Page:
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Unity in Creation

Just as a fire is screened by smoke or the sun by the rainclouds, similarly our inveterate egotistic desires screen our innate urge for knowledge and spiritual growth.

Saumitra Mohan | New Delhi |

The duality and dichotomy that we usually see in every aspect of Creation results in an artificial split in our consciousness. And it is this split which mechanically implants a binary vision to the way we visualise things around us.

We start noticing a self-induced separateness in everything around us. For us, it is always ‘Me’ versus the world. Anyone or anything which is not ‘Me’ is often deemed to be against the Self, thereby generating a conflict. Such a compartmentalised approach to life leads to a tendency to exploit and manipulate others and to use them as a springboard to wangle what we want.

The deeply-grafted division in our consciousness opens a wound that seldom heals and starts a chain-reaction which is not only pernicious, but also impedes our spiritual growth. The resultant negativity engulfs our personal and social life, thereby insidiously reflecting on the overall quality of life. It is this negativity which is evident in all the problems facing humanity today.

The ‘cut’ in our consciousness breeds a sense of insecurity which makes us feel alienated and isolated from the rest of Creation and ourselves. This spawns an internecine conflict further inflamed by opposing emotions and behaviour which proceed from the feeling of alienation and estrangement from other animate and inanimate expressions of life.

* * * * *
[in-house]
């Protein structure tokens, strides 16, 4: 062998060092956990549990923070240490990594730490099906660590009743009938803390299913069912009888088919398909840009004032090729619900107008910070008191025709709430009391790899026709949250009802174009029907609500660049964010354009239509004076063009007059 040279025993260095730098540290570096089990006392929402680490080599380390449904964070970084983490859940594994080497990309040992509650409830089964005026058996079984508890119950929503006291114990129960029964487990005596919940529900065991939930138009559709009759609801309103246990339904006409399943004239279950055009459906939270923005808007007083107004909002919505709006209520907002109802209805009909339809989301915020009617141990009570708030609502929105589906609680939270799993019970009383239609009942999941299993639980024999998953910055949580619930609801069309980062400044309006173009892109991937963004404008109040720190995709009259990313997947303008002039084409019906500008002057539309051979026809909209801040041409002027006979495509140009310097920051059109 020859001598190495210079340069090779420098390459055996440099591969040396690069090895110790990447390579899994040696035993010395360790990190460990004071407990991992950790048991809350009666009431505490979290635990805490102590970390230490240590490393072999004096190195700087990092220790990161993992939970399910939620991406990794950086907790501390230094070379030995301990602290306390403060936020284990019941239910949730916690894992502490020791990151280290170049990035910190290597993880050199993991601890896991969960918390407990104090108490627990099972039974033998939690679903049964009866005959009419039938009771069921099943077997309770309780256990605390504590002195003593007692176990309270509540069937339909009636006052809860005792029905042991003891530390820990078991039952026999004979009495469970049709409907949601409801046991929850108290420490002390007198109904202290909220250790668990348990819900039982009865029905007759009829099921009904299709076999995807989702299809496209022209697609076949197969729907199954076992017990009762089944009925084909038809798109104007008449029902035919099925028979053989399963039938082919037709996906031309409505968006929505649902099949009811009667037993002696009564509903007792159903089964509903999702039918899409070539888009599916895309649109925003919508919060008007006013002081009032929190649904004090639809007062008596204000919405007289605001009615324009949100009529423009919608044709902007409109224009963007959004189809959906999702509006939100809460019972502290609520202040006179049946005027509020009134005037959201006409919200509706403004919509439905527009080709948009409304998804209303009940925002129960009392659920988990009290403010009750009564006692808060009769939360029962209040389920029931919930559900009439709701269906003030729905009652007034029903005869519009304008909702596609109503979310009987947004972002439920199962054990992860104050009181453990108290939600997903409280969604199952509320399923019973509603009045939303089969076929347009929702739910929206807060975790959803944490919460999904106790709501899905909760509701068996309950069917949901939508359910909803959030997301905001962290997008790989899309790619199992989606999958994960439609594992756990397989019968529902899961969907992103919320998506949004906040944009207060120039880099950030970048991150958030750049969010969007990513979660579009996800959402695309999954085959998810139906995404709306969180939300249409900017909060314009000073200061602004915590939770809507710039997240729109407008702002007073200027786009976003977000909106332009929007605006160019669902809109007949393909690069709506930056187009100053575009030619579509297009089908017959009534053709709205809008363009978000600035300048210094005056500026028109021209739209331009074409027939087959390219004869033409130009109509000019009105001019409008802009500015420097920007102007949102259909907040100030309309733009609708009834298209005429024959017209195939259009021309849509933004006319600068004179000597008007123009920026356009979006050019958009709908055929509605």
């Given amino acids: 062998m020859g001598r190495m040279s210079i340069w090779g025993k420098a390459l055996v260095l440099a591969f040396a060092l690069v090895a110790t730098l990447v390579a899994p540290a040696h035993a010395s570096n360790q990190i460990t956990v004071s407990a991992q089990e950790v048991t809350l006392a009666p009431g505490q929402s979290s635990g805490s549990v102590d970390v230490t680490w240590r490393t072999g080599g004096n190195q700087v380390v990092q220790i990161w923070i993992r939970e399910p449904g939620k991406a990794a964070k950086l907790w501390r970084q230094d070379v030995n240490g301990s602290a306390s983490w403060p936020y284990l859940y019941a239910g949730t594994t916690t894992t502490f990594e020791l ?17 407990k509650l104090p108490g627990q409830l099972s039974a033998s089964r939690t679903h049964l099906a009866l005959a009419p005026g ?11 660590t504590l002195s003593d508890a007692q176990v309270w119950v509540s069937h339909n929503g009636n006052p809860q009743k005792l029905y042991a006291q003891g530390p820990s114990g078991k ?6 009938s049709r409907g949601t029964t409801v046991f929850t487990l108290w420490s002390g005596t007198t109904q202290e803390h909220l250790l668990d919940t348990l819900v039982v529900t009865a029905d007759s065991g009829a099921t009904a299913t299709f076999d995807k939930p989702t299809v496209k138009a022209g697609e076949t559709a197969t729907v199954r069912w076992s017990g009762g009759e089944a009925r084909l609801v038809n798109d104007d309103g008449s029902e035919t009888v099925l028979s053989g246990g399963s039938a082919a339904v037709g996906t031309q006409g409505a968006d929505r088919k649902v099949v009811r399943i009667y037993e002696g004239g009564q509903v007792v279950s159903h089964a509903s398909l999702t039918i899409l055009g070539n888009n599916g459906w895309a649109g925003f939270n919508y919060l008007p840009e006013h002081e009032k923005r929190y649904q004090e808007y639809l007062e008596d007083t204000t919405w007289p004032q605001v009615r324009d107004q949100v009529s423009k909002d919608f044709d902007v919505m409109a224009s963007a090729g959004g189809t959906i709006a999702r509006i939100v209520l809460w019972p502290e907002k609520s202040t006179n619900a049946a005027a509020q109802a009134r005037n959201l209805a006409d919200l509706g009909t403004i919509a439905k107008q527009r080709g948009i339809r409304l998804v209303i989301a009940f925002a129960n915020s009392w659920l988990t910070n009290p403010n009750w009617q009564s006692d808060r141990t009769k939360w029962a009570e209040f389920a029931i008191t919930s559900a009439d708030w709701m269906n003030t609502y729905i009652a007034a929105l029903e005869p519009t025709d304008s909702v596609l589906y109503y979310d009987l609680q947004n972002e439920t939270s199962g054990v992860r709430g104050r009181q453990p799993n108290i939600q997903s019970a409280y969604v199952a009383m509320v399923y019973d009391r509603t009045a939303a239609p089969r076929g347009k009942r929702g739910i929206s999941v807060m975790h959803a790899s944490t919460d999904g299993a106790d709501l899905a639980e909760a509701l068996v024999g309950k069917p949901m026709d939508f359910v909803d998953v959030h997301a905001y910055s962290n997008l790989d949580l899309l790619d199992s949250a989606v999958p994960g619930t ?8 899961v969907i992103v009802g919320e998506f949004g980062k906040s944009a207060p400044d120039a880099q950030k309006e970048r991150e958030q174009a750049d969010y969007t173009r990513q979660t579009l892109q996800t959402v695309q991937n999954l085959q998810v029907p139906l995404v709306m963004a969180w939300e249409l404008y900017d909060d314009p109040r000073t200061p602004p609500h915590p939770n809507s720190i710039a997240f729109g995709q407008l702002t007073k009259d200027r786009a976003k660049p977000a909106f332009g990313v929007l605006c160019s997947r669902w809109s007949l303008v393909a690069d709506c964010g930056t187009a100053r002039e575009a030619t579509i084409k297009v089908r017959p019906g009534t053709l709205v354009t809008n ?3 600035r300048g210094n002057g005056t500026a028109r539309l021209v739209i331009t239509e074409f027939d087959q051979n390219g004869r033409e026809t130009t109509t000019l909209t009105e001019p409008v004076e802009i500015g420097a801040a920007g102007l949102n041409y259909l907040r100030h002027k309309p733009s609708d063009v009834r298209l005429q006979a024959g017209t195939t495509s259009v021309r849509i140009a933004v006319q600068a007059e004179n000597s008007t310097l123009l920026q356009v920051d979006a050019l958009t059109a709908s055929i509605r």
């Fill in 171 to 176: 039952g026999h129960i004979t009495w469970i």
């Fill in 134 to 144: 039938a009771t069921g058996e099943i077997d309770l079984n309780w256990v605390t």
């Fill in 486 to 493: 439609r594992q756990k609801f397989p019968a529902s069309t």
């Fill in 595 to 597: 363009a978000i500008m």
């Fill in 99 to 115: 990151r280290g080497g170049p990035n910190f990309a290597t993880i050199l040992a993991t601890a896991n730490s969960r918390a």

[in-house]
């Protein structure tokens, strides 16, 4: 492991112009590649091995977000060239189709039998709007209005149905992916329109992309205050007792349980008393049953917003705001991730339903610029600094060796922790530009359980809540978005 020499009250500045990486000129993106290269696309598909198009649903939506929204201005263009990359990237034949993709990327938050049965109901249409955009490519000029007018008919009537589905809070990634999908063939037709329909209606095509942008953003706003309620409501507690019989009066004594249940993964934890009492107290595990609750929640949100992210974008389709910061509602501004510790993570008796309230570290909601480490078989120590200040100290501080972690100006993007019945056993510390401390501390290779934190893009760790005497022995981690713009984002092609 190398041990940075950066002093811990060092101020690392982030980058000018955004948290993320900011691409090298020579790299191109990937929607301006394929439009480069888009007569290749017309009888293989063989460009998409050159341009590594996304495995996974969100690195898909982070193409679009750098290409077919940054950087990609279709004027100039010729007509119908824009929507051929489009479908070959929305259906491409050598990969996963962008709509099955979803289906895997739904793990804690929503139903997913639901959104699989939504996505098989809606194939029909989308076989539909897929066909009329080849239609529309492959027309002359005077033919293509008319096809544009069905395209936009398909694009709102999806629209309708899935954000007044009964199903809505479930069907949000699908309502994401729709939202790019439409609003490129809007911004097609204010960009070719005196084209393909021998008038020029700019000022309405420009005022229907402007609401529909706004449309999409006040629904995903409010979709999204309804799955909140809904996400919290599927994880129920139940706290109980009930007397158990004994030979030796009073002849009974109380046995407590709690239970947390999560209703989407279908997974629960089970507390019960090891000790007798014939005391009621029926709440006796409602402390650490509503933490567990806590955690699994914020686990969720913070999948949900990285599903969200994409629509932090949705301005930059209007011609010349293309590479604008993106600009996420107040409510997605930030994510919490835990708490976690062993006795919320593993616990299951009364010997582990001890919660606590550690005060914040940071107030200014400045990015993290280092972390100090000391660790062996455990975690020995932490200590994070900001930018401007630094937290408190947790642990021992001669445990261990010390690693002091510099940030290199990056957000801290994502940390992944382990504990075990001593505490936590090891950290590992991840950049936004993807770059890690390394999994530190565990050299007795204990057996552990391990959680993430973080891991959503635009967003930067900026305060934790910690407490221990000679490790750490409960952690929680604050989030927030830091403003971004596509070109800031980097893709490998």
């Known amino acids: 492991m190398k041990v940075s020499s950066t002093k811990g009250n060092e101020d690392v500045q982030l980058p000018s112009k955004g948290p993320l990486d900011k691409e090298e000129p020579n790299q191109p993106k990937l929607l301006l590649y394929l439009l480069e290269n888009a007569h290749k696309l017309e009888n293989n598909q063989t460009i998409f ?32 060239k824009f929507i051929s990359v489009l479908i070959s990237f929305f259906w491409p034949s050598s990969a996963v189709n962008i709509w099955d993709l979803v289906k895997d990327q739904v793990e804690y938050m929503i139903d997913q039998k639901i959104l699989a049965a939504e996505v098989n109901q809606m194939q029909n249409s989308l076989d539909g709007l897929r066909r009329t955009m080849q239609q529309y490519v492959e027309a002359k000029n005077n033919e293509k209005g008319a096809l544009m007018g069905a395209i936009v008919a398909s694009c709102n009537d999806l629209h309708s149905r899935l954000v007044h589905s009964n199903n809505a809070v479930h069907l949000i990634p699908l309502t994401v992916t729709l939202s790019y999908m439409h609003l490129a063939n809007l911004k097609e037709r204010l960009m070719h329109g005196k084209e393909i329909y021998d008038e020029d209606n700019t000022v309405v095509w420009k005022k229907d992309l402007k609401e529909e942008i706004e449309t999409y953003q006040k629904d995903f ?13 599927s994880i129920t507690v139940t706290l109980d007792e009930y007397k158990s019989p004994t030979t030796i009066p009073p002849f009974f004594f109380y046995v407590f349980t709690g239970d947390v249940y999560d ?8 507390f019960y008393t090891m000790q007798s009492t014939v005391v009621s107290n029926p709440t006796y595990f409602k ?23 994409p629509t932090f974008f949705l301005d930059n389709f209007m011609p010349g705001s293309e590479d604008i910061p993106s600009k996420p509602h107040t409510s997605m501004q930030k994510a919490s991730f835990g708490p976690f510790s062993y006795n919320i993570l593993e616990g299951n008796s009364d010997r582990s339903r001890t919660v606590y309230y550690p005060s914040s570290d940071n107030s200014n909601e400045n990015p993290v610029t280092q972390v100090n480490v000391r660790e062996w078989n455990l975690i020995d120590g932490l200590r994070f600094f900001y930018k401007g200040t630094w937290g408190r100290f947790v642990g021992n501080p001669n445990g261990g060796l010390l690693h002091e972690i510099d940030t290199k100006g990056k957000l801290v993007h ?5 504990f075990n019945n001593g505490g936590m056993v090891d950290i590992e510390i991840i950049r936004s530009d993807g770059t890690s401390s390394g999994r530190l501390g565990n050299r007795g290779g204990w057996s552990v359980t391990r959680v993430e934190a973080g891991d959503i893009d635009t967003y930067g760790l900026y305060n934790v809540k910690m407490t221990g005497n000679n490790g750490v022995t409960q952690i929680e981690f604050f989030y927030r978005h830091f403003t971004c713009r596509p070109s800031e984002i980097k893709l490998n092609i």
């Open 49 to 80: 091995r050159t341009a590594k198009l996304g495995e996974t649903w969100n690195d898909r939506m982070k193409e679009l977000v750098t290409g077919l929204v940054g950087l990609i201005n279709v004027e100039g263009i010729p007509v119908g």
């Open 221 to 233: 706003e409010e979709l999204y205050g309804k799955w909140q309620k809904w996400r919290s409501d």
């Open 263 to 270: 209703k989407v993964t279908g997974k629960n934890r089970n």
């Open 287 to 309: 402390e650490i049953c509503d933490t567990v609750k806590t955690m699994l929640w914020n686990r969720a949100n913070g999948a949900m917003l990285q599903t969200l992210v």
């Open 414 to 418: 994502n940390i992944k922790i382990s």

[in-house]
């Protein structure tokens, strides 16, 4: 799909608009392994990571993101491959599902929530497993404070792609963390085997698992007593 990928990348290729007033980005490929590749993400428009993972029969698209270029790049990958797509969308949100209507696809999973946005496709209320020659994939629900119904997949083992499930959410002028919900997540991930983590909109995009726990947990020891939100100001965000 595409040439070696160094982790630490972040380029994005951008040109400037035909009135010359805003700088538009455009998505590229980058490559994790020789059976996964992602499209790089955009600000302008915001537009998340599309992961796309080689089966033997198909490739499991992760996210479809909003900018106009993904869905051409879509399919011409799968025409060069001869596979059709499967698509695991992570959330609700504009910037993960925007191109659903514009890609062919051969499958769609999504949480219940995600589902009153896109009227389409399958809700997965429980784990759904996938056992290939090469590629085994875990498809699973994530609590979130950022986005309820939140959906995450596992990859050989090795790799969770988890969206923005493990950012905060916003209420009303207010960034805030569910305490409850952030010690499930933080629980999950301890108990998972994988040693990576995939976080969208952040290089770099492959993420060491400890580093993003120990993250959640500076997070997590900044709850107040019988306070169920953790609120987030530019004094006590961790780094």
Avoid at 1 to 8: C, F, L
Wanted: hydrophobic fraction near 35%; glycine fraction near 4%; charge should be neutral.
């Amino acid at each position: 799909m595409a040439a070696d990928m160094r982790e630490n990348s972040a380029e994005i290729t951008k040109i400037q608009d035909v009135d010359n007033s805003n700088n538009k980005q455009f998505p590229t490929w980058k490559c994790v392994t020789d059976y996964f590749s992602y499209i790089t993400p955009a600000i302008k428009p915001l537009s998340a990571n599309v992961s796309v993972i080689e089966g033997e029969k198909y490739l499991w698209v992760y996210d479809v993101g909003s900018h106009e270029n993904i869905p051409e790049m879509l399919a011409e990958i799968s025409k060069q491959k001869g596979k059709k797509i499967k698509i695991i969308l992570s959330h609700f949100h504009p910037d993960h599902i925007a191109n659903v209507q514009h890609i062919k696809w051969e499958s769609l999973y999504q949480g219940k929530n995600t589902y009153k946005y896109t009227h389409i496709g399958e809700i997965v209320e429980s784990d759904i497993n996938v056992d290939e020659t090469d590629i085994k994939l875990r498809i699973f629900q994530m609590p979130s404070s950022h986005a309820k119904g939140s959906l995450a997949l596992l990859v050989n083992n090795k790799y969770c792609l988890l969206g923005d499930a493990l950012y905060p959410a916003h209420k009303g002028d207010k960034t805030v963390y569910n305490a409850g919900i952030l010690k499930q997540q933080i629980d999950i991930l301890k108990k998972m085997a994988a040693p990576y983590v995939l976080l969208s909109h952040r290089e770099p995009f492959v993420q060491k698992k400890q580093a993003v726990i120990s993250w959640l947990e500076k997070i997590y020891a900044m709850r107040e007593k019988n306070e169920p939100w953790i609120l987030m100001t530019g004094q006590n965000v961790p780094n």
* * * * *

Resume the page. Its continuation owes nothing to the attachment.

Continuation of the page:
The ensuing disharmony and friction between the ‘selfish and the selfless’ may, however, be resolved through a carefully nurtured synthesis between a ‘thesis’ and ‘antithesis’ or what has been referred to as historical materialism. This tension between our higher and lower Self is actually a reflection of a struggle between our wise and real nature.

The strain in our consciousness, though, is also indicative of an insatiable urge for full realisation of our immanent human potential. According to the Gita, a war always rages between our higher and baser ‘Self’ where the former drives us upwards to grow, while the latter pulls us downwards to remain stuck in a relentless conflict. This happens because of the perceived division of life between ‘ourselves’ as creatures separated from the rest of Creation.

We don’t see other creatures or people as an extension of the same indivisible whole as is the reality that has been proved scientifically and spiritually. Our selfish desires and actions always boomerang on us to threaten us in this or next life.

The internecine violence, climatic destruction, societal aggression and civilisational annihilation unleashed by humans because of a warped understanding have created the chaos in our midst, one that is hurting us no end. Just as a fire is screened by smoke or the sun by the rainclouds, similarly our inveterate egotistic desires screen our innate urge for knowledge and spiritual growth.

It is sensible not to continue clinging to a parochial self-image when our real nature is so loftier. We need to learn to restrain our animal desires and selfish senses. The Gita advises that we ought to slowly bestow more value to our higher nature, away from a synthetic dichotomy and conditioned behaviour. Each of us shall remain incomplete as long as we consider ourselves separate from our fellow human beings and other creatures.

Anything and everything being nothing, but different permutations and combinations of energy, we are all somehow related at a very basic level. And if we are all inter-related, where is the need for the discord and divisions amongst us that we see all around. However, it is also true that there is no incentive to grow without conflict.